“The income raised will help pay the bills and keep the lights on,” Hind said.

Hind said PPS is also looking into having local historian Anthony Roberts on hand to answer questions and offer guided tours of the facility. Another plan is to come up with a curriculum for students to learn about the history of the paniolo as well as the ranching lifestyle of today.

“Waimea is known as a cowboy town. This is way to keep that image alive and to give us our identity again,” he said.

Begin said that as of Friday, PPS had already received its fourth donated saddle. In addition, they’ve been approached by a family who would like to donate several pieces of very old koa furniture. Bergin said he’d like to see an area set up which would reflect what a paniolo household may have looked like more than 100 years ago with authentic furniture and pictures on the wall.

“It’s not just ropes and spurs — we want to show the every day life of that family,” he said.

A look back

The following is an excerpt of the history of Pukalani Stables as compiled by Bergin.

Pukalani Stables acquired its name from a historic place name of Old Waimea. The stables were built and designed by perennial Parker Ranch trustee A.W. Carter in 1909. An identical stable was built at the race track on the flat lands.

James Palaika Brighter collectively oversaw both stables while race training of the running colts was managed by Billy Carroll and later Bill Breitha. As Brighter’s responsibility included the breaking pen, a series of rough rider foremen oversaw day-to-day operations of basic horse training. Oversight of Pukalani Stables was executed by Samuel Awaa Sr., along with George Keola Lindsey and William Duncan. Each stall served as home to a stallion during and after breeding season. Fourteen individual box stalls housed stallions of Thoroughbred, Standardbred, Morgan, German Coach, Percheron and Belgian breeding.

In the early 1950s, William Lindsey (Billy Mainaaupo) took over the Pukalani Stables and upgraded the farrier’s bay to include shoeing stock. Behind the farrier’s bay stood a two-story house occupied by Theodore Vredenburg. Mainaaupo’s treatment of the Pukalani Stables was a dramatic upgrade in landscaping, building care, stall repair and turnout paddocks for stallion exercise.

Shaped like a inverted “U” when viewed from the entrance, the stables were designed as 12X12 foot stalls with rafter heights of 18 feet. As is found at all barns, stations and saddle houses, a small kitchen/dining area was included at Pukalani Stables’ facilities. A small wood (and later kerosene) stove were set in a corner of the comfort room where hot tea was rendered during short, mid-morning or mid-afternoon breaks.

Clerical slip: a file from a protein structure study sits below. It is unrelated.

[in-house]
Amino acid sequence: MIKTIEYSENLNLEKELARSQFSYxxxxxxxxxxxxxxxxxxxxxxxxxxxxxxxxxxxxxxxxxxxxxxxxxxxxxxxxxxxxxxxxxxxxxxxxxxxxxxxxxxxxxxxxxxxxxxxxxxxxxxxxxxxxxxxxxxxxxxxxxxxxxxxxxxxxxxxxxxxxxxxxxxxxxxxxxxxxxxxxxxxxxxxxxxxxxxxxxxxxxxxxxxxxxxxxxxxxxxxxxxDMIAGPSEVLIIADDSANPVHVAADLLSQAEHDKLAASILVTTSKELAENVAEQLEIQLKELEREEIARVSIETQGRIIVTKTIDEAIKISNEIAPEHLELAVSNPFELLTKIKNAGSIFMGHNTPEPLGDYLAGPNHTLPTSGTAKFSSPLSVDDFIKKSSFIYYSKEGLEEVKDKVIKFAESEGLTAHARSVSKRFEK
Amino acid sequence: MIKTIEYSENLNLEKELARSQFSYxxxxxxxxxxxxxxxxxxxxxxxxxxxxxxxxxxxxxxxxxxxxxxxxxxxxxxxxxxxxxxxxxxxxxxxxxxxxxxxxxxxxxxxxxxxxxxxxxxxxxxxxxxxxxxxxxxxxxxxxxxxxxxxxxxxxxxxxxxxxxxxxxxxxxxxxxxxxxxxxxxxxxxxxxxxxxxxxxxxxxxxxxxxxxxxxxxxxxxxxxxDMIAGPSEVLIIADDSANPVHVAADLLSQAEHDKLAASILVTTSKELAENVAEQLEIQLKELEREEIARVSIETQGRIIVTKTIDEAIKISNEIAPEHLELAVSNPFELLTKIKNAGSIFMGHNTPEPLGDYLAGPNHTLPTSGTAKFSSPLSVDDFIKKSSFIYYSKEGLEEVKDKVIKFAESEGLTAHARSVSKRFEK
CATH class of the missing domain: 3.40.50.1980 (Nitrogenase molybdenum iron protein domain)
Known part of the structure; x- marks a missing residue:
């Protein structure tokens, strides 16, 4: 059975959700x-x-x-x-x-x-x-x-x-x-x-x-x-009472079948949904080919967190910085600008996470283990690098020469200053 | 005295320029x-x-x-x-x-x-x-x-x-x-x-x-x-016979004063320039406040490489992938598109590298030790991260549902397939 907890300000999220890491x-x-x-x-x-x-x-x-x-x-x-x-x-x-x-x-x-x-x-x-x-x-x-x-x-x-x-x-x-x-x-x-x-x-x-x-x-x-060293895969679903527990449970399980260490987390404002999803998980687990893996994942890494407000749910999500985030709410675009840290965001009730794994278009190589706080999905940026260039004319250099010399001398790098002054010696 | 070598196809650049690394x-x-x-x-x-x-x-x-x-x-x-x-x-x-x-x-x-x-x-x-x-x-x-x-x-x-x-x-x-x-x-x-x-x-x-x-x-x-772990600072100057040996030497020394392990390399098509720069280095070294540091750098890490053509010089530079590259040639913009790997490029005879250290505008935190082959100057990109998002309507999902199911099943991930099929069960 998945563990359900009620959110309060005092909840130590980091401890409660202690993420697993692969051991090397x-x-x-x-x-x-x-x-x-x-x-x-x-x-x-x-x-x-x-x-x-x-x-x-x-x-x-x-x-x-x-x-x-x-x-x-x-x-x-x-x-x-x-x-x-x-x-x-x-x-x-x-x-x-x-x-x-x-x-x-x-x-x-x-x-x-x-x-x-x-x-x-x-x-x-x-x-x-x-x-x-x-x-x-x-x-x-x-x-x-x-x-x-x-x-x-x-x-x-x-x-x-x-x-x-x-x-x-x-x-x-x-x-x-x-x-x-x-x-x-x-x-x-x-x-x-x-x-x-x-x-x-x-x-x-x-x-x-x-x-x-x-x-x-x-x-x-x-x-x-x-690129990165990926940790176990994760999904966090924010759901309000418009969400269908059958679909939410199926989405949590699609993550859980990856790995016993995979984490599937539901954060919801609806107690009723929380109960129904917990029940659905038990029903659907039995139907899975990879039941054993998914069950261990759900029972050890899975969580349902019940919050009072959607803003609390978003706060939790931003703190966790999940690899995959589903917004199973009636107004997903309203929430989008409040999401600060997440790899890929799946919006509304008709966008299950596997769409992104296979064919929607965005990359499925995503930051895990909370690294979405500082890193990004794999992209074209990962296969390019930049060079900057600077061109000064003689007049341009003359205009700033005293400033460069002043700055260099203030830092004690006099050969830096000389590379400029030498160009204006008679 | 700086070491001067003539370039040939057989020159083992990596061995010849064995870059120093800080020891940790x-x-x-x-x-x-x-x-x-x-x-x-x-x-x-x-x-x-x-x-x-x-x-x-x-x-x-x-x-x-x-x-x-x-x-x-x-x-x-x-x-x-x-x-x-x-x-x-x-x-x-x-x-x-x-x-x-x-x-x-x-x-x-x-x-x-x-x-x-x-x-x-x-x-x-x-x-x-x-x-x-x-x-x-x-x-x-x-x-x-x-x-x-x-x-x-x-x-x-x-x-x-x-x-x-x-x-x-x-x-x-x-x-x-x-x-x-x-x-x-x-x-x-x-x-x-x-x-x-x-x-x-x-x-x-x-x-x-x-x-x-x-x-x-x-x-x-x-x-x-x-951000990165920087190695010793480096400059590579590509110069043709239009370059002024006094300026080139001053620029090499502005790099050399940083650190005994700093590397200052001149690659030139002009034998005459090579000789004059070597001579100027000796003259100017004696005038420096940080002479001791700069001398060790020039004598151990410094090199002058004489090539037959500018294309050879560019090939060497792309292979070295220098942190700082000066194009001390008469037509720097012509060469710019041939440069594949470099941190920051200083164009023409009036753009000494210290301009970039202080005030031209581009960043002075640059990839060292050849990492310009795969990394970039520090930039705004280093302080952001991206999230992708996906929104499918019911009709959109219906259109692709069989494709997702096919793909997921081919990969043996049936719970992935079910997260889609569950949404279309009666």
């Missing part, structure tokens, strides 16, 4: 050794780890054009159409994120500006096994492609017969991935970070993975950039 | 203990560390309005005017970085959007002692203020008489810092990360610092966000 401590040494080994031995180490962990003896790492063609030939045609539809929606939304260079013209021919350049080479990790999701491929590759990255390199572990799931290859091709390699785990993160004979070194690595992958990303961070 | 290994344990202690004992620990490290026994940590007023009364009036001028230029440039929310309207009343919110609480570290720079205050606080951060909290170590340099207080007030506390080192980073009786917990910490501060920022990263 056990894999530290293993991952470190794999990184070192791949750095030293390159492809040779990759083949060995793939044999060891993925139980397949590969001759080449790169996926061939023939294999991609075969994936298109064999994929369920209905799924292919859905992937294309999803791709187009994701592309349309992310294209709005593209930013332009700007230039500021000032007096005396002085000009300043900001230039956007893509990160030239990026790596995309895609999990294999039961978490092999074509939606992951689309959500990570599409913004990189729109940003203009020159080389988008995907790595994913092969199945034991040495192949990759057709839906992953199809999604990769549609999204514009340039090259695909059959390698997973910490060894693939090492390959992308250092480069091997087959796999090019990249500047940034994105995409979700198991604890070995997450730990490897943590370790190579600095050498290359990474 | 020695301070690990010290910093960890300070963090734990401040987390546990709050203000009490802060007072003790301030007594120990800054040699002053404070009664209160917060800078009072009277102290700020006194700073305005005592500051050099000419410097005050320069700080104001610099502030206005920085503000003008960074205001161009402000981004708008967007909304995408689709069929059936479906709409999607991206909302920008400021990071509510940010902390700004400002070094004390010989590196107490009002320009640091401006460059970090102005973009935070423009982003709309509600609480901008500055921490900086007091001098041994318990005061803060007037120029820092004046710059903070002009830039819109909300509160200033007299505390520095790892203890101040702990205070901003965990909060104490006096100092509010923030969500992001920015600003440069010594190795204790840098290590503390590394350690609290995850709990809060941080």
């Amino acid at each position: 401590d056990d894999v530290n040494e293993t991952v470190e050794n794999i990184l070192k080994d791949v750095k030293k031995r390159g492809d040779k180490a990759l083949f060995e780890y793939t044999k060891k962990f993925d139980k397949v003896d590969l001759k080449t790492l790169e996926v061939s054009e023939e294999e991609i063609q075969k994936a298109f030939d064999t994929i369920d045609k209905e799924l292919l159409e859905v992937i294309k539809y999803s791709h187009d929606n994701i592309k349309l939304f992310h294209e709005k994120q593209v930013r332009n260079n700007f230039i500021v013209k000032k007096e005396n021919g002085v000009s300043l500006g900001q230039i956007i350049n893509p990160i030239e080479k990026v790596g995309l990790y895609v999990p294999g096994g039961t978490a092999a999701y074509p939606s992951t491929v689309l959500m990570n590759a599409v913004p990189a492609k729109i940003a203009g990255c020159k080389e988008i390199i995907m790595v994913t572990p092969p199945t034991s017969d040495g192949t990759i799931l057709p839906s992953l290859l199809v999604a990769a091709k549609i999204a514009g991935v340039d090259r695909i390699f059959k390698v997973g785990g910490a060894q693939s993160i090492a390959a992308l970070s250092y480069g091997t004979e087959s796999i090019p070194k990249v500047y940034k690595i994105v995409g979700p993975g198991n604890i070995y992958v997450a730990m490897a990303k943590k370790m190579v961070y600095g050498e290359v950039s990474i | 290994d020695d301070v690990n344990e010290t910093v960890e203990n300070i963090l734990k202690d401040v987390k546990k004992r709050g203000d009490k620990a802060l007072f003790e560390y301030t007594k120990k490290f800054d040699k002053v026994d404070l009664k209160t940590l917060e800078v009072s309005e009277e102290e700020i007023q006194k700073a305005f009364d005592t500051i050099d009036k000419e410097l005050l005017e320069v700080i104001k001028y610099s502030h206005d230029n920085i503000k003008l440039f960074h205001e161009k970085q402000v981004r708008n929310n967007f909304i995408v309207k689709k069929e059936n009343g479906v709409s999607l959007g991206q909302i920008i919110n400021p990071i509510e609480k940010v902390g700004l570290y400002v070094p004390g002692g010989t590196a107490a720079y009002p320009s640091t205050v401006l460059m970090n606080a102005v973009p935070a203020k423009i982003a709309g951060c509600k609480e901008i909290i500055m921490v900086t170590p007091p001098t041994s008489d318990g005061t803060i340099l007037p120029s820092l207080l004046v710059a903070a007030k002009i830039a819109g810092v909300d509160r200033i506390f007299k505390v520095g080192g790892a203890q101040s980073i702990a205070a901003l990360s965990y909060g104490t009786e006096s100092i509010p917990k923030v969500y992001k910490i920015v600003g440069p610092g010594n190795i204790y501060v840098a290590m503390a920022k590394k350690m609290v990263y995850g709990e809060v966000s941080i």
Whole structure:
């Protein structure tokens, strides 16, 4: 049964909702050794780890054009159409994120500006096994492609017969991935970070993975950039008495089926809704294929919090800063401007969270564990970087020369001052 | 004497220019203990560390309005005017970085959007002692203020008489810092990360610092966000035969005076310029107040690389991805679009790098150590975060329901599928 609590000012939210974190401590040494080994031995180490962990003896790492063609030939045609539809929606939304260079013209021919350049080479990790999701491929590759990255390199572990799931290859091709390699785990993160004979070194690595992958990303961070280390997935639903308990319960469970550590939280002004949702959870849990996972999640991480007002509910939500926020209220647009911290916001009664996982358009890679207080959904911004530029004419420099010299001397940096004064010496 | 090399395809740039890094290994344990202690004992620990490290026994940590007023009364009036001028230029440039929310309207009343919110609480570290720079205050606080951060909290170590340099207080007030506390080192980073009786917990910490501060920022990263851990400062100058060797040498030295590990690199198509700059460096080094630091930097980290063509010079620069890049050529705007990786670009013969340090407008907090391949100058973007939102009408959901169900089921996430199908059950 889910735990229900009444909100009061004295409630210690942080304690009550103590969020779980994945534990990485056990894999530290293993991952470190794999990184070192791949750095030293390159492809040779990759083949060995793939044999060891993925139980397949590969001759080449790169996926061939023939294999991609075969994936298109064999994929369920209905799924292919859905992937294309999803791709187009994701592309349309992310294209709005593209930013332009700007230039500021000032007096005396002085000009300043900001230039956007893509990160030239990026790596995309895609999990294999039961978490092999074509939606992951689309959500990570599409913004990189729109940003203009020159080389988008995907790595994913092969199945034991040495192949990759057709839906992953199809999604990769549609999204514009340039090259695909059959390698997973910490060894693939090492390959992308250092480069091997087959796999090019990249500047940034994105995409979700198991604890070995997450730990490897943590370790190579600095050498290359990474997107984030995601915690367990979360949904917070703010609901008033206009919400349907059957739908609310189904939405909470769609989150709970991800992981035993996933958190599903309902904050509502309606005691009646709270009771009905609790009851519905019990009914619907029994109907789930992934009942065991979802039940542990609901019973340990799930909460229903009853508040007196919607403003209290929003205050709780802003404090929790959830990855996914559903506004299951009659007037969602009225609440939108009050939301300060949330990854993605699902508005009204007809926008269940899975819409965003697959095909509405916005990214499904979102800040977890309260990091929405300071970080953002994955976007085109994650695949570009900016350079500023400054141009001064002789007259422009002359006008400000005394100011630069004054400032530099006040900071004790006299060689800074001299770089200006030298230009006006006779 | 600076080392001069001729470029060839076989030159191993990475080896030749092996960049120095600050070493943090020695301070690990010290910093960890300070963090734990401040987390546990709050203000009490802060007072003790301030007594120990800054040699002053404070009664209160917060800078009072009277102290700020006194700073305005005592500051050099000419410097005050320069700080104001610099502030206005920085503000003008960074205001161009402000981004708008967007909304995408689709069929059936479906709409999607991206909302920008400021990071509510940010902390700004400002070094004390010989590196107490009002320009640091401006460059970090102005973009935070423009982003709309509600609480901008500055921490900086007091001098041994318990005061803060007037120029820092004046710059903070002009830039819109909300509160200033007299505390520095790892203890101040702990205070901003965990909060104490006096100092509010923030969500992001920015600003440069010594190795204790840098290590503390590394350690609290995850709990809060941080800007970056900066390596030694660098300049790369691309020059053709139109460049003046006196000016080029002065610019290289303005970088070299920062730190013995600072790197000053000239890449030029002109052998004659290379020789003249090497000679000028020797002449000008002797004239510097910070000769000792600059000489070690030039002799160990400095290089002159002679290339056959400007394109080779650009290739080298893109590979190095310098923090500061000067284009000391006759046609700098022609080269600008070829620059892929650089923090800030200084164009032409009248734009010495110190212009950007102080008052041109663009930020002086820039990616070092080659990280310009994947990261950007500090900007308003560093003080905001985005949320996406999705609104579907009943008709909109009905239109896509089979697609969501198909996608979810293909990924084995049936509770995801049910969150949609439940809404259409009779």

Richard Penhallow, upon succeeding the stoic Hartwell Carter as manager, took a very different direction — wanting to “open the gates of the ranch.” His plan was to let the public, in an organized manner, enjoy the beauty, splendor and natural resources of the ranch through tourism and engagement of interest groups encouraged to come to Waimea.

In 1972, the Rubel and Lent team assumed ranch management. Livestock manager Walter Slater immediately established the orphan calf program and Pukalani Stables became home for anywhere from 20 to 30 dogey calves. Fred Stevens was the caretaker doing a good job on the calves as well as in maintaining the grounds in a respectable manner.

Pukalani Stable was again made available to the visitor industry when ranch owner, Richard Smart, formed the Parker Ranch Visitor Center.

Pukalani Stables was renovated to allow public access to view various ranch exhibits artisian/crafting demonstrations and visits with retired ranch cowboys. While the prices were reasonably ranged between $10 to $40 per person, the project collapsed having no coordinative support from the tourist industry.

In the last few years before Smart’s death, there was a marked decline in maintenance of all ranch facilities and Pukalani Stables fell into disrepair mainly from lack of use.

In 2010, Paniolo Preservation Society began negotiations to lease the south wing of Pukalani Stables to house its archival collection and displays. Parker Ranch responded with a generous offer giving PPS an opportunity to utilize the whole barn including the Luau House and the adjacent stallion pens.